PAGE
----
Successful clavicle fracture surgery performed under selective supraclavicular nerve block using the new subclavian approach
© The Author(s) 2016
Received: 30 August 2016
Accepted: 4 November 2016
Published: 8 November 2016
Cervical nerves block cannot be performed on some patients because of the risk of phrenic nerve paralysis. To overcome this limitation, we discovered the site of selective only supraclavicular nerve block at the subclavian site.
We present the case of a 62-year-old woman with clavicular fracture. We performed a selective block of the supraclavicular nerve and the fifth and sixth cervical nerves for the clavicle fracture surgery.
We can perform selective supraclavicular nerve blocks for clavicular fracture surgery of patients who have bilateral pneumothorax.
Occasionally, patients with clavicle fractures also have a pneumothorax. If we induce regional anesthesia without general anesthesia for clavicle fracture surgery, we must relieve the pain of the supraclavicular nerve and the fifth and the sixth cervical nerves (C5 and C6) . A cervical plexus nerve block is usually performed to anesthetize the supraclavicular nerve. In this case, we performed a selective supraclavicular nerve block instead of a cervical plexus nerve block. There have been no reports in literature on the use of a selective supraclavicular nerve block at the subclavian site.
A 62-year-old woman (height, 155 cm; weight, 45 kg), with a fracture of the left clavicle due to a traffic accident, was scheduled to undergo open reduction and internal fixation. She had bilateral pneumothorax and was equipped with chest drains in the bilateral thoracic cavity. In addition, she had been undergoing artificial dialysis for 10 years because of severe renal dysfunction. Considering the potential complications of general anesthesia, we decided to induce only regional anesthesia without general anesthesia.
We had to relieve the pain of the supraclavicular nerve and the fifth and sixth cervical nerves (C5 and C6) for the left clavicle fracture surgery. The most appropriate methods include both a left cervical plexus nerve block and a brachial plexus nerve block. However, since the cervical plexus nerve block is associated with a risk of phrenic nerve paralysis, we opted for a selective supraclavicular nerve block.
In the operating room, the patient was connected to several monitors. We performed the selective C5 and C6 blocks by injecting 0.75 % levobupivacaine (10 mL) around the C5 and C6 between the anterior and middle scalene muscles using a high-frequency linear probe of a LOGIQ e Premium system (GE Healthcare Japan, Tokyo, Japan). After these injections, we confirmed that the local anesthetic did not spread around the fourth, seventh, and eighth nerves by using the LOGIQ e Premium system.
Prior to this case, there have been no reports in literature on the use of a selective supraclavicular nerve block at the subclavian site. Hence, we mainly performed the cervical plexus nerve block to anesthetize the selective supraclavicular nerve. However, as the cervical plexus nerve block may lead to phrenic nerve paralysis, it cannot be performed in patients with bilateral pneumothorax.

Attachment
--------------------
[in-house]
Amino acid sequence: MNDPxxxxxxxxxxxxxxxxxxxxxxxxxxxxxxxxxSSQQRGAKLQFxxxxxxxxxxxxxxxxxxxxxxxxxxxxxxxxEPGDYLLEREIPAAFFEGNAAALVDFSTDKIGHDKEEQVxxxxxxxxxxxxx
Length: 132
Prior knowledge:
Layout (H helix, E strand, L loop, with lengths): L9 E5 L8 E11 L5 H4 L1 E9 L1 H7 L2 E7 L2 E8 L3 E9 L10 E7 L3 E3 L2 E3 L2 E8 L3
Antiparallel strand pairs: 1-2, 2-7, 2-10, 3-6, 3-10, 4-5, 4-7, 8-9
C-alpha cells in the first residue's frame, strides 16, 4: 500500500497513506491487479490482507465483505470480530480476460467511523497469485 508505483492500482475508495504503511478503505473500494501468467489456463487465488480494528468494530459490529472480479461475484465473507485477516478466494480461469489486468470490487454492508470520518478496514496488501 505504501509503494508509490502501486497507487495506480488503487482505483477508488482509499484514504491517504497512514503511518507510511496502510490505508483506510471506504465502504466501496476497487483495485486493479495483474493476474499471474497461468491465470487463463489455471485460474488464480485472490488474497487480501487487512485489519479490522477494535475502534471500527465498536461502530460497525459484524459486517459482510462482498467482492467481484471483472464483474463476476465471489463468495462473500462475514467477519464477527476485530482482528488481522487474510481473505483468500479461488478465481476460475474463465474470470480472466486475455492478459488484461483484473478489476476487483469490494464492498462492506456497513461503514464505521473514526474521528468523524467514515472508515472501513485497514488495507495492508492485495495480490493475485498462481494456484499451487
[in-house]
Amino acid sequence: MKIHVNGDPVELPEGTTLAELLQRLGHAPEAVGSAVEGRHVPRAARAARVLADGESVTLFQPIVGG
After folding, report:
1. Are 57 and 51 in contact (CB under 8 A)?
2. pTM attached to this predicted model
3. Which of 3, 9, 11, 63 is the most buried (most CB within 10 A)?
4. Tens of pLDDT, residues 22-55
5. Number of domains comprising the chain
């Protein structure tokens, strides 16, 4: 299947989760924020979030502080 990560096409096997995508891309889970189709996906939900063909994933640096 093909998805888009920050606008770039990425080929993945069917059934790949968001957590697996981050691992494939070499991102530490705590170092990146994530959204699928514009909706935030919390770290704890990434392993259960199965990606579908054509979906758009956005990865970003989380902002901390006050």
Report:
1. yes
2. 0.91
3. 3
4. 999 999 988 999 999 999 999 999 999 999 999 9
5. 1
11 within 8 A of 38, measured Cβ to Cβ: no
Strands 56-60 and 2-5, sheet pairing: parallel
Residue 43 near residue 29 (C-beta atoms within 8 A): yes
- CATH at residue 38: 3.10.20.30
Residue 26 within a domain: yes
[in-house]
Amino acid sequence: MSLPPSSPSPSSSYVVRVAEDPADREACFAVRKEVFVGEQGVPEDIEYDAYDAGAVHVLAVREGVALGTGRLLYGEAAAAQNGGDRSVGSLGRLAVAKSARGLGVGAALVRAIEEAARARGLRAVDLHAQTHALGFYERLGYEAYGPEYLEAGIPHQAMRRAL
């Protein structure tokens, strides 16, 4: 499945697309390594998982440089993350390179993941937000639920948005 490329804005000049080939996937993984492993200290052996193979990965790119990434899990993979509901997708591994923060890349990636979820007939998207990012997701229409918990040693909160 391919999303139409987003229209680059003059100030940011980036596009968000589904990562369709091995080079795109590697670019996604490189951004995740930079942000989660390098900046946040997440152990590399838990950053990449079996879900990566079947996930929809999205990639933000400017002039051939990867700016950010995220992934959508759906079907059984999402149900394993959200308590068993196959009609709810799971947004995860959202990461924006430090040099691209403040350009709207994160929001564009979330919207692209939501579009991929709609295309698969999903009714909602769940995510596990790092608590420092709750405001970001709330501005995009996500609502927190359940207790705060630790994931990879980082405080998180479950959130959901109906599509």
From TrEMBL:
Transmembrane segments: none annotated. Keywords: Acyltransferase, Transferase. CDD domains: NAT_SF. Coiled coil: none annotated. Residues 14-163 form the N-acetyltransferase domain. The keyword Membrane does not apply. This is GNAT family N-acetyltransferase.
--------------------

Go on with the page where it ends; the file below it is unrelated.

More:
Administering a nerve block at the site of the pectoralis major muscle enables the procedure to be performed safely and easily. In addition, we may be able to use this approach for performing selective supraclavicular nerve block in patients with severe complications such as bilateral pneumothorax and hemorrhagic diathesis. In the future, we may be able to perform selective supraclavicular nerve block for perioperative analgesia of patients with such complication. For example, the nerve block may be used effectively in surgeries for clavicle fracture and anterior rib fractures.
There have been no reports in the literature on the use of selective supraclavicular nerve block in clavicle fractures. Therefore, it is uncertain whether adequate anesthetic volumes and concentration would achieve a satisfactory result. In particular, administering a small volume at the site may not be able to block lateral supraclavicular nerves.
In addition, there were no cadaver studies showing the spread of dye or something. Therefore, we must eventually perform some cadaver studies to confirm the spread.
We could perform a selective supraclavicular nerve block using the new subclavian approach instead of a cervical plexus nerve block.
HU is responsible for the study design/planning and wrote the paper. HU and HO revised the paper. Both authors read and approved the final manuscript.
The authors declare that they have no competing interests.
Consent for publication
Consents for publication were gained.
Open AccessThis article is distributed under the terms of the Creative Commons Attribution 4.0 International License (http://creativecommons.org/licenses/by/4.0/), which permits unrestricted use, distribution, and reproduction in any medium, provided you give appropriate credit to the original author(s) and the source, provide a link to the Creative Commons license, and indicate if changes were made.
- Tran DQ, Tiyaprasertkul W, González AP. Analgesia for clavicular fracture and surgery: a call for evidence. Reg Anesth Pain Med. 2013;38:539–43.View ArticlePubMedGoogle Scholar
- Tubbs RS, Salter EG, Oakes WJ. Anomaly of the supraclavicular nerve: case report and review of the literature. Clin Anat. 2006;19:599–601.View ArticlePubMedGoogle Scholar
- Valdés-Vilches LF, Sánchez-del Águila MJ. Anesthesia for clavicular fracture: selective supraclavicular nerve block is the key. Reg Anesth Pain Med. 2014;39:258–9.View ArticlePubMedGoogle Scholar